Strawberry grower recognised for on-farm biosecurity efforts

Strawberry grower recognised for on-farm biosecurity efforts

Luciano Corallo, a strawberry grower in Victoria’s Yarra Valley, is one of two winners of the Farm Biosecurity Producer of the Year Award, which is part of the Australian Biosecurity Awards presented by the Department of Agriculture and Water Resources.

The Corallos were nominated for the award by Karen Thomas, Regional Agriculture Facilitator for the Port Phillip & Westernport Catchment Management Authority.

Karen Thomas with Luciano and Heather Corallo at the awards dinner
Karen Thomas with Luciano and Heather Corallo at the awards dinner

“They have demonstrated their commitment to ensuring their Strawberry Springs farm is a leader in industry best practice, quality assurance and biosecurity,” said Karen.

Luciano and Heather Corallo have a good understanding of on-farm biosecurity activities and apply them as best-practice preventative measures, rather than in response to specific threats. But even Luciano hadn’t realised how many biosecurity measures he had in place until he read the award nomination.

“Until I saw everything written down in one place, I didn’t realise how much we were actually doing,” said Luciano.

“We work biosecurity into everything we do, every day. That’s how it gets done. It’s just such a natural part of what we do to manage the property that it hadn’t occurred to me,” he said.

Luciano follows the six ‘essential’ principles of on-farm biosecurity.

For example, the main carpark has biosecurity signage to ensure visitors do not go beyond the main carpark. Running a ‘U-pick’ farm, this is important when the farm gate is open for business to ensure customers do not enter the production area.

Contractors and site visitors report at the main shed and need to use a foot bath or wear suitable protective gear (foot covers) when entering the production area to reduce the risk of cross contamination of pests and diseases such as charcoal rot. Only designated farm vehicles are used in the production areas.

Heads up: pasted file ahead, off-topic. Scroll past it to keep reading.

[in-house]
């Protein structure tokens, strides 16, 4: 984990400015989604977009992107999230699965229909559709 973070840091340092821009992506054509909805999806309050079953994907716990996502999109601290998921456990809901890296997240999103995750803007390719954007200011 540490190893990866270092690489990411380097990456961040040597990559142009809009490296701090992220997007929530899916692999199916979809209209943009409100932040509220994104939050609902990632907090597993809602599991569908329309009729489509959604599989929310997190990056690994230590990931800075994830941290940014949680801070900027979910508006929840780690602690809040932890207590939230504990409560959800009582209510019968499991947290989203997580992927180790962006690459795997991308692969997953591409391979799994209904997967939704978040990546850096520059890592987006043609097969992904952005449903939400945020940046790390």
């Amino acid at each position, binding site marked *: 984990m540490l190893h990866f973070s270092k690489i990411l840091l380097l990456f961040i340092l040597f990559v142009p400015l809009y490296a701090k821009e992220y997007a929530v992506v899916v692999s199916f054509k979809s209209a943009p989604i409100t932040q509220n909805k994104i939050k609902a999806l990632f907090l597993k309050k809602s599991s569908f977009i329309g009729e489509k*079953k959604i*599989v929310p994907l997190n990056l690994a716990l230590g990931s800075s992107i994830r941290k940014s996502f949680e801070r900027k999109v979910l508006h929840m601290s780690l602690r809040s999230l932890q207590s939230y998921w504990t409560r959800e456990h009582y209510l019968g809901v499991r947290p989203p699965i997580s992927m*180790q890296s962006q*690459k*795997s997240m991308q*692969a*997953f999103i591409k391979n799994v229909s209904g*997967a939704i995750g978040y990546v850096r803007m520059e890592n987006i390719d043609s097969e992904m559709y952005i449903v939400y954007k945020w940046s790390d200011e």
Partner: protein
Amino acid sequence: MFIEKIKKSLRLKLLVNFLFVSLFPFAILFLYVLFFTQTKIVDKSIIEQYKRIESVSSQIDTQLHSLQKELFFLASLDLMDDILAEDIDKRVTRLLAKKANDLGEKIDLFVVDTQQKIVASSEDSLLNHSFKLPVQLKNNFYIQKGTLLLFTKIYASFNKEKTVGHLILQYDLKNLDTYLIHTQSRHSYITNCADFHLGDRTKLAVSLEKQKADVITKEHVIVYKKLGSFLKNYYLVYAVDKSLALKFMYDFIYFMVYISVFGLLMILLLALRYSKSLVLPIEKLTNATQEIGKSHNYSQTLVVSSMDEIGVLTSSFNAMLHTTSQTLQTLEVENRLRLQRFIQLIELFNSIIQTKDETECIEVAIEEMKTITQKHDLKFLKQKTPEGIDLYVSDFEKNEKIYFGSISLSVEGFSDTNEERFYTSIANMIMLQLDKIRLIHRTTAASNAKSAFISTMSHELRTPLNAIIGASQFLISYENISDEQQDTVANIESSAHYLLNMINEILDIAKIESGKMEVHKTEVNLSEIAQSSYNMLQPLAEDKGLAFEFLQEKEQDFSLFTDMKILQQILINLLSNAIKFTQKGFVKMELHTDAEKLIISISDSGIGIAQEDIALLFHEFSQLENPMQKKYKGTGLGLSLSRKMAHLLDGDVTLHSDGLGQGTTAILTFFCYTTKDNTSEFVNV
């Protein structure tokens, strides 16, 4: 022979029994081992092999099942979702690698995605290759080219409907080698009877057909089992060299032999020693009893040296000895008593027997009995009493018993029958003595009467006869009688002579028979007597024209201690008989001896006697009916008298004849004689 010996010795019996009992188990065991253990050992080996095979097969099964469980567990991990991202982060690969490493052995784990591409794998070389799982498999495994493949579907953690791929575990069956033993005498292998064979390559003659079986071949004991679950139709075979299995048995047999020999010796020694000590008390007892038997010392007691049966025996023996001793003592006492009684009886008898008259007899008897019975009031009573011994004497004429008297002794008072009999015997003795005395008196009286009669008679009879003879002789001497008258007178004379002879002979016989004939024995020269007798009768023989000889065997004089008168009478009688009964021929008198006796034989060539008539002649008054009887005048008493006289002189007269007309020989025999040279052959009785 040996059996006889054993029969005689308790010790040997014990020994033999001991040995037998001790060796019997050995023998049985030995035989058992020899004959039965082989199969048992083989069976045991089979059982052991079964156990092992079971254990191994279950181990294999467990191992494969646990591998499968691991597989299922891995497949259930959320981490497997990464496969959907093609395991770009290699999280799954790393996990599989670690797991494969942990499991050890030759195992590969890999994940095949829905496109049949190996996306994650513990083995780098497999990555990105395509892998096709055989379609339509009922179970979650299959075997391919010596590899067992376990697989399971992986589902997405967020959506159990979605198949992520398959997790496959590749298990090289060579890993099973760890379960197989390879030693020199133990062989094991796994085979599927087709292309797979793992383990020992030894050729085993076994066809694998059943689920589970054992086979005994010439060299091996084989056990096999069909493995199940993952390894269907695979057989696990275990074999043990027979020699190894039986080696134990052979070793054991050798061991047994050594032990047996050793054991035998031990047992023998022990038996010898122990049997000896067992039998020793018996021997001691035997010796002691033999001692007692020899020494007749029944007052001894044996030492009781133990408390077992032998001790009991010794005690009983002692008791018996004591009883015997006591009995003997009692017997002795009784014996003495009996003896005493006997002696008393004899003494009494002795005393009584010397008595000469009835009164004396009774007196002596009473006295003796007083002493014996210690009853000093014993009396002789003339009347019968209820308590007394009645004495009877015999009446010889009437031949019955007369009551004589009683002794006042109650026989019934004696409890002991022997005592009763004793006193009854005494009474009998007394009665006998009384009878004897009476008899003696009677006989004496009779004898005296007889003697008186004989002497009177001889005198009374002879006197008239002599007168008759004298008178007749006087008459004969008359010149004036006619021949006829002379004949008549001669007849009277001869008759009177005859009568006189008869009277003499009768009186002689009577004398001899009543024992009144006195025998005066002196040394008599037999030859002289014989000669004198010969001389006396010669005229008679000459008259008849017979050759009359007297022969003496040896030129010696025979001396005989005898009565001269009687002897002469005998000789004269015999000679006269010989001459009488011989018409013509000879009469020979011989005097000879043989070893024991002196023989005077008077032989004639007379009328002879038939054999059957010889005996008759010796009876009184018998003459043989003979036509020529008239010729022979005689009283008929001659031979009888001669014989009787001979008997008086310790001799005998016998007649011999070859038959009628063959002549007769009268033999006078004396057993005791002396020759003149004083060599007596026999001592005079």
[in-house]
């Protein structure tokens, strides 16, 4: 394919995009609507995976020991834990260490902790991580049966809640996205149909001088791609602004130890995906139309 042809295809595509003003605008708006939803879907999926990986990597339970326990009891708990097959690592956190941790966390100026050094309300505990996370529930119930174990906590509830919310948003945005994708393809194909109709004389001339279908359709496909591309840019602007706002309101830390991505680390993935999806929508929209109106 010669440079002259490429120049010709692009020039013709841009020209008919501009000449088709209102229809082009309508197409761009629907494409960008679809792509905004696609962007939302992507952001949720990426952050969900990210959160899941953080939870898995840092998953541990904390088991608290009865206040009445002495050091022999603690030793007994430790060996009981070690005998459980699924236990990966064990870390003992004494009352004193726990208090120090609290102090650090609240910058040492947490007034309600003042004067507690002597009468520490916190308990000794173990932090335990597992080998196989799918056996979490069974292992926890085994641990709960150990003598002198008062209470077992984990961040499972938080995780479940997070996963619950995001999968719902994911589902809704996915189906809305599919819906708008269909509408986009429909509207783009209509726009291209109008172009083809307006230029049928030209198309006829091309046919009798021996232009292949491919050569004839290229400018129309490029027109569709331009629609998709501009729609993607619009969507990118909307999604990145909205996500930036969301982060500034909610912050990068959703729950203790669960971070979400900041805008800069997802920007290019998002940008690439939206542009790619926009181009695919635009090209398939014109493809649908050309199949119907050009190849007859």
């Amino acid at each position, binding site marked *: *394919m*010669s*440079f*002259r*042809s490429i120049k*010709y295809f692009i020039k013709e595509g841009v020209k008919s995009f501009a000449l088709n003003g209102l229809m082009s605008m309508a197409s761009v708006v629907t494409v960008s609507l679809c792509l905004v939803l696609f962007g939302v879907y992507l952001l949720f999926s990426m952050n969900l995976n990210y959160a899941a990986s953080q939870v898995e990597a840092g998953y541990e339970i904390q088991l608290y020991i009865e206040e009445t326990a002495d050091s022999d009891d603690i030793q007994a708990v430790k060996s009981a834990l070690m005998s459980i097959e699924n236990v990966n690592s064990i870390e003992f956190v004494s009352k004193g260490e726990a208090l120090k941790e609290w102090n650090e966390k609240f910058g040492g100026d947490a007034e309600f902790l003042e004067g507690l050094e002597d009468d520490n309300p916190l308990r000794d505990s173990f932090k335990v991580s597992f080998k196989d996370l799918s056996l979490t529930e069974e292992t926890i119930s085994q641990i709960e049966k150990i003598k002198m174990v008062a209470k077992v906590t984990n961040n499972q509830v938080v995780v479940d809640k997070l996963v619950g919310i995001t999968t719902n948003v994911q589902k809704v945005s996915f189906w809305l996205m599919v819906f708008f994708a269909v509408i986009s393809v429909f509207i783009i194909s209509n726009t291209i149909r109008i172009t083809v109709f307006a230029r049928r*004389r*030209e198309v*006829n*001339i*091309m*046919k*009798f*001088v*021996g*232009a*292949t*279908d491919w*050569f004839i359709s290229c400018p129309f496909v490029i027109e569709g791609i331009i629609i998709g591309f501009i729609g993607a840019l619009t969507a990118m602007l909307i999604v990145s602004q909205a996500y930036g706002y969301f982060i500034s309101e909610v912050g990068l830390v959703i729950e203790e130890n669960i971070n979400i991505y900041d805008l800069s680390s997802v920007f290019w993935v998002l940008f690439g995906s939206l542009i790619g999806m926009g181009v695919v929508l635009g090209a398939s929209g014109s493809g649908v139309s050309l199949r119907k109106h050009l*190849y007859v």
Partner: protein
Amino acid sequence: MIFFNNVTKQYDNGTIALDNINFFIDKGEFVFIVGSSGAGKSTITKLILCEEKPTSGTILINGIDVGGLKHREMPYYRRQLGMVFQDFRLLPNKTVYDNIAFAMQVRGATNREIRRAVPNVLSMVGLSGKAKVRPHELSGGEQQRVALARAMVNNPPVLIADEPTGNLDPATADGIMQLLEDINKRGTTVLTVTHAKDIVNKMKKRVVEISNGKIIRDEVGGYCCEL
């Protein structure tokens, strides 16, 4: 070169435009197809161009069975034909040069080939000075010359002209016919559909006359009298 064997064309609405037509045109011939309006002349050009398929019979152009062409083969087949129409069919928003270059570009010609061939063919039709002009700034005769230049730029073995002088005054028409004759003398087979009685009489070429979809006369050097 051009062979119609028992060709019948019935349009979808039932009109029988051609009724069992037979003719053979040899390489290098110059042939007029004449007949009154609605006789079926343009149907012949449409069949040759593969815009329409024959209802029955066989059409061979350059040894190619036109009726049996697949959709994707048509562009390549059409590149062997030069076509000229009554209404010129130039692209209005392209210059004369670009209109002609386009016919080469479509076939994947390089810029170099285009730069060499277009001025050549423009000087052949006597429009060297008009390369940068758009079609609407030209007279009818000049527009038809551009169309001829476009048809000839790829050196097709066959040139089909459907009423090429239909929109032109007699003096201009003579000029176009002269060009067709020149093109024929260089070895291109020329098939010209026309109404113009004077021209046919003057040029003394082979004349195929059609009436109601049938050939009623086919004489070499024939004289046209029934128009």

But there are things that you don’t see displayed on signs that also matter.

Runner plants are supplied through accredited growers who provide certified disease-free planting material to ensure traceability. Likewise, records are maintained for any other inputs to ensure traceability and quality assurance through the supply chain.

As part of their integrated pest management approach to production, crop scouting is done during the growing season and records maintained for any management practices implemented as part of their program.

With regular scouting for IPM, they would soon know if there was a new pest or something wrong with the health of their plants. Pest and disease information is accessible to farm staff so that any possible issues can be reported.

The property adjoins the Yarra River and collaborates with Melbourne Water in the removal of willows, blackberries and other priority weeds and has undertaken revegetation of the river banks. Luciano appreciates the ecosystem services the riparian vegetation provides to the property.

The Strawberry Springs packing shed. Controlling people movement on-farm, particularly visitors to the U-pick section of the farm, is important to prevent the entry and spread of pests and diseases
The Strawberry Springs packing shed. Controlling people movement on-farm, particularly visitors to the U-pick section of the farm, is important to prevent the entry and spread of pests and diseases

“I’ve fitted low traction tyres to farm vehicles to minimise soil disruption and transfer of weeds and diseases around the property,” said Luciano.

Feral animals are controlled, but wildlife is protected and viewed as a sign of good land health from a biodiversity perspective.

The farm adheres to strict quality assurance protocols to ensure market access is maintained. The packing shed follows strict food safety hygiene practices and storage sheds are clean and well maintained.

Fruit fly could also easily disrupt the access of his product to markets, and Luciano takes part in the Queensland fruit fly awareness program in the Yarra Valley. The farm has remotely accessed camera-based fruit fly traps as part of a sentinel detection network for the region.

Having seen the benefits for himself, Luciano is an advocate for proactive on-farm biosecurity practices amongst his peers. He plays an active and vocal role in encouraging others who attend industry events to also participate and be prepared to respond to a Queensland fruit fly outbreak.

Luciano has hosted biosecurity planning workshops with the strawberry industry, for the purposes of demonstrating the biosecurity practices used on his farm. He represents growers as a committee member of the Victorian Strawberry Growers Association, and one of two Victorian representatives on the board of the peak industry body, Strawberries Australia.

In these and other actions, Luciano’s commitment to applying best practice biosecurity measures across his farm is evident, placing high value on the economic, environmental and social returns from adopting a preventative approach.

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Featured Image: Luciano and Heather Corallo